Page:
- Assistant Professor
- Syracuse University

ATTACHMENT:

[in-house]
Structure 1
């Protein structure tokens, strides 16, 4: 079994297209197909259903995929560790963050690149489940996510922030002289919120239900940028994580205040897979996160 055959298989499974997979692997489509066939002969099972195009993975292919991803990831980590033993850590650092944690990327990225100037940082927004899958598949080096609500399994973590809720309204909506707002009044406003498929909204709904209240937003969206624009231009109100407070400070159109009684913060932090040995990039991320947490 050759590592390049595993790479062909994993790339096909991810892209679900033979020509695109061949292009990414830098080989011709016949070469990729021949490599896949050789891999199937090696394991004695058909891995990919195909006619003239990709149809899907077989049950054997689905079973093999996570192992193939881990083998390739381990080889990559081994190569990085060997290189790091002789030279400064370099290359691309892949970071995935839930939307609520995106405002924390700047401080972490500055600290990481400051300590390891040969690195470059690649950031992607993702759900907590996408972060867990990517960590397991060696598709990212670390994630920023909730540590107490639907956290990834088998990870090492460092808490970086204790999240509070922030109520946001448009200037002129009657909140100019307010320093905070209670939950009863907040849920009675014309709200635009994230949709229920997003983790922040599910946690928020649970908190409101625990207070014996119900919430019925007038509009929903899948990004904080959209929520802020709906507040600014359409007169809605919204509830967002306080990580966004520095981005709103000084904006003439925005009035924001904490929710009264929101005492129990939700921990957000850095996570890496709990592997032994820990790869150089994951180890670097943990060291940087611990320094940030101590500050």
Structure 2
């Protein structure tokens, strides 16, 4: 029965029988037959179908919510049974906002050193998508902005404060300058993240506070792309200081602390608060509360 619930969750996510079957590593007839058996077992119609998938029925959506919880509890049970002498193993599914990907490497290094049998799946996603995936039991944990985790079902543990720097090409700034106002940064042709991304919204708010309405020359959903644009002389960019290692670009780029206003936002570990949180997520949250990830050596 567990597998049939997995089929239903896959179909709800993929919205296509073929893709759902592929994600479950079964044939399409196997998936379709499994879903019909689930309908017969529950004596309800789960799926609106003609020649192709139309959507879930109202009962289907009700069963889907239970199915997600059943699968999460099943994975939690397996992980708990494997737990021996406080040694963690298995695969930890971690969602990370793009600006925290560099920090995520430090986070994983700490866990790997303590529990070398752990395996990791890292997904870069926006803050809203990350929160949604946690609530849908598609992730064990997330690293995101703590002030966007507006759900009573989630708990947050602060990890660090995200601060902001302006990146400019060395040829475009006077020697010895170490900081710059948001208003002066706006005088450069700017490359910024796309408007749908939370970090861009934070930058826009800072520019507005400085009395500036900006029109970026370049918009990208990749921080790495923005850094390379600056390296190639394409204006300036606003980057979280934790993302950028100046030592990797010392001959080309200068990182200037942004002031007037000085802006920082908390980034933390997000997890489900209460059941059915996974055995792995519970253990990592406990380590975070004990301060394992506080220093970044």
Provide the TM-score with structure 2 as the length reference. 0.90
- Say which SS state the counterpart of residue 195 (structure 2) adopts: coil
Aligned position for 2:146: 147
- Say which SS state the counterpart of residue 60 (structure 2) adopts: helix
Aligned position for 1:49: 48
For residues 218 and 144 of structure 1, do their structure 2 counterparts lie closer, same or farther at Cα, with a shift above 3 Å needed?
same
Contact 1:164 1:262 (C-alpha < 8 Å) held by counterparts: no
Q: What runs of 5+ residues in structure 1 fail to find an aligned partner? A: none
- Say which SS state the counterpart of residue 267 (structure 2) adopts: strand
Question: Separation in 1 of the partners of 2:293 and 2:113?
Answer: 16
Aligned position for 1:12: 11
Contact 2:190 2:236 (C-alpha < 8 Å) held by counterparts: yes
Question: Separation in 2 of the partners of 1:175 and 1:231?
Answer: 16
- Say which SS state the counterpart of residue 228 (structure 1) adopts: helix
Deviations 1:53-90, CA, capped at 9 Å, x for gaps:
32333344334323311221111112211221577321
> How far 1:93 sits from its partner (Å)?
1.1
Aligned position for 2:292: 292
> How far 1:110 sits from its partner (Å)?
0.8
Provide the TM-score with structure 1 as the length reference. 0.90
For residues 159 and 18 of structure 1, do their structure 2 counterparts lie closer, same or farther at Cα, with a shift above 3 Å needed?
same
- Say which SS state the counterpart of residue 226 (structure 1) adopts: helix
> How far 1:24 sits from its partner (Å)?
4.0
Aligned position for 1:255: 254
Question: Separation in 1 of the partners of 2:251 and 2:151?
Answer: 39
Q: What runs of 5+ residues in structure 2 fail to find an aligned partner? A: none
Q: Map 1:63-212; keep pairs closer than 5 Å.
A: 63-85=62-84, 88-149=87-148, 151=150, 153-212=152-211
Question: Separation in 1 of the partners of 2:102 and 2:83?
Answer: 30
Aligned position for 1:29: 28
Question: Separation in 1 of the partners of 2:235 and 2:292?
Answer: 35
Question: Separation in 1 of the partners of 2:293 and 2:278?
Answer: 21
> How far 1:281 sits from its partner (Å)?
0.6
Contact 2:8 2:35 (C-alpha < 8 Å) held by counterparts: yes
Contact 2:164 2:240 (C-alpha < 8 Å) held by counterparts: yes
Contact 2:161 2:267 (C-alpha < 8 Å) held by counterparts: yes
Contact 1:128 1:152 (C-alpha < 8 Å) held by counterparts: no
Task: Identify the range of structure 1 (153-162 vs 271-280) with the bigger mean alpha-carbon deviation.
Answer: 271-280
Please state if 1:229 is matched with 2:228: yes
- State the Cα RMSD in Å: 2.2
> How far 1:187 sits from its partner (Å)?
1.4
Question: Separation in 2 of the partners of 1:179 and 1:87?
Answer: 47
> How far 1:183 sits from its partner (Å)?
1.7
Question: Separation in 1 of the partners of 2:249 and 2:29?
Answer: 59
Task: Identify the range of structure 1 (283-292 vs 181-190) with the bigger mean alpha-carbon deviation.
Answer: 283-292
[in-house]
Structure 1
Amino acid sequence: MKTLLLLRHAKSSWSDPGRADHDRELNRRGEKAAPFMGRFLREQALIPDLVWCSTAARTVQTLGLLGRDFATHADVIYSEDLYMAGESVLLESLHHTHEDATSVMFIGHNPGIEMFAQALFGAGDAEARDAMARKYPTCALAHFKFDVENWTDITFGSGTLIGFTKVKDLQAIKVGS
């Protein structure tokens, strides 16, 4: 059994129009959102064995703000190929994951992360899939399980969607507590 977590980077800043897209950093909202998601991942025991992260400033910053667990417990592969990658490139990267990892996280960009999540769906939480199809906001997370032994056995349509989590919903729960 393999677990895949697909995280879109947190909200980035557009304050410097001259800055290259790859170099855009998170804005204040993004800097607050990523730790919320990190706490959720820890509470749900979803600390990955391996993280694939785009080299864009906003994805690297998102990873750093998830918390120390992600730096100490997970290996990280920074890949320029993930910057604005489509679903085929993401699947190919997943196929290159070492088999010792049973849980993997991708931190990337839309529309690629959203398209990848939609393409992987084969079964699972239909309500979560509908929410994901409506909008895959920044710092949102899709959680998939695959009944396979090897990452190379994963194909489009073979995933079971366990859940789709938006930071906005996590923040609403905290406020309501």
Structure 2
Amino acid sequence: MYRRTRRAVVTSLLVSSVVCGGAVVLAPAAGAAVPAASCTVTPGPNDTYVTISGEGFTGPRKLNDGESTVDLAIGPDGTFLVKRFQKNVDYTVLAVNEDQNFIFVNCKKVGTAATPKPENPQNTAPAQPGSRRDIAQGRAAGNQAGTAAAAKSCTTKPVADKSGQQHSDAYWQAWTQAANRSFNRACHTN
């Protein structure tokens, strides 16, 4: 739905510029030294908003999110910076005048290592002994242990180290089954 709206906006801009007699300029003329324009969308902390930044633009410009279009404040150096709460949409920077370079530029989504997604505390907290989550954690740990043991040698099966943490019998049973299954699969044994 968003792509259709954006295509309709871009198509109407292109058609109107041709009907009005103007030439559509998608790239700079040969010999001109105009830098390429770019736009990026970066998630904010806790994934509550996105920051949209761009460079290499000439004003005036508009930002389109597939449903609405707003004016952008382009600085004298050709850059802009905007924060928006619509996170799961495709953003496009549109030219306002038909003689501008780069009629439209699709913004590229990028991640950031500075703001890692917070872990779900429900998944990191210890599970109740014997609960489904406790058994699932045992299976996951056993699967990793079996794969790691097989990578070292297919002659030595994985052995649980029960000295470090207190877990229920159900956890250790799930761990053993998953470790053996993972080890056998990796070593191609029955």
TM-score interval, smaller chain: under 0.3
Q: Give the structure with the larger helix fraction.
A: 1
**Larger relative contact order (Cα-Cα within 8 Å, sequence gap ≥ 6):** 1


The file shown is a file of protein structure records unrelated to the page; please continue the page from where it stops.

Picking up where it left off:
Public discourse on shari‘a is increasingly polarized on the question of whether or not it is compatible with democratic norms and institutions. Both positions are largely based on ideological assumptions and lack empirical support. In this environment, it becomes increasingly difficult for ordinary citizens and scholars to distinguish between fact and myth and engage in intellectual debate about the alleged incompatibility of shari‘a with basic human rights and the rule of law. Of fifty countries that formally apply shari‘a (especially with respect to family law) within their legal systems, four are liberal democracies—Israel, India, Greece and Ghana. This project examines the complex relationship between democracy and shari‘a by comparing what aspects of Islamic law these four countries targeted for reform, what challenges they encountered in the process, and to what extent they succeeded in rendering religious laws compatible with constitutionalism and basic human and women’s rights.